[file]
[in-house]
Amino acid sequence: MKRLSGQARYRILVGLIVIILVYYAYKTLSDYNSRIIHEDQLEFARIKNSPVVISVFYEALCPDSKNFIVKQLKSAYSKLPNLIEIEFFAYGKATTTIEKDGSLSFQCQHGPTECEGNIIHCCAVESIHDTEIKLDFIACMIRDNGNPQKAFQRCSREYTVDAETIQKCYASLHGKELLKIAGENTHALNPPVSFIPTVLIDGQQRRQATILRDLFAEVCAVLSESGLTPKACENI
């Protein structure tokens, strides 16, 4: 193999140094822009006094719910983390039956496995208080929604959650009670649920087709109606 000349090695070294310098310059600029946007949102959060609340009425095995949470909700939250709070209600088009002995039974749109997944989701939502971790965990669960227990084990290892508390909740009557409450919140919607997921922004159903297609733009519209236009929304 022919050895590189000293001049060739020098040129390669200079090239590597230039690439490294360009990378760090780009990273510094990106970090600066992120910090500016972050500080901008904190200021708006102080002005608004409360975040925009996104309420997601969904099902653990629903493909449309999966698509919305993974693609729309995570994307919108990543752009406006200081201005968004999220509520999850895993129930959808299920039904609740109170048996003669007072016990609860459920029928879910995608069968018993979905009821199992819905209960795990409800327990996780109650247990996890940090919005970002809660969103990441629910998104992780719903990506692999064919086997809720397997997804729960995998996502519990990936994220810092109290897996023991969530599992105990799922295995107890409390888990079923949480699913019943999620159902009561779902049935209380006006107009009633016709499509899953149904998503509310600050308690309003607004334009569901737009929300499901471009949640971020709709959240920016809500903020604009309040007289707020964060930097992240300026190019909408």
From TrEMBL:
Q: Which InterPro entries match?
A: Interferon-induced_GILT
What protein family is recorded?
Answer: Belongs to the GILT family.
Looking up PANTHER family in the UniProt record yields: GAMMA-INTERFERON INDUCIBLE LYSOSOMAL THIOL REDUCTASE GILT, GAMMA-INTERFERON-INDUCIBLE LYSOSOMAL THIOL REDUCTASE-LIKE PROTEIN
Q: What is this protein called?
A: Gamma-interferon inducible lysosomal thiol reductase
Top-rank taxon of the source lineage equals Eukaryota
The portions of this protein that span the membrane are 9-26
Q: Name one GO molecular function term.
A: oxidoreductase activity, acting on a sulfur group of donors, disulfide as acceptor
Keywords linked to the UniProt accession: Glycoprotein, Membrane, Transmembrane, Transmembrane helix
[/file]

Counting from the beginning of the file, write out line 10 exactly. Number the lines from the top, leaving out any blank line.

Q: What is this protein called?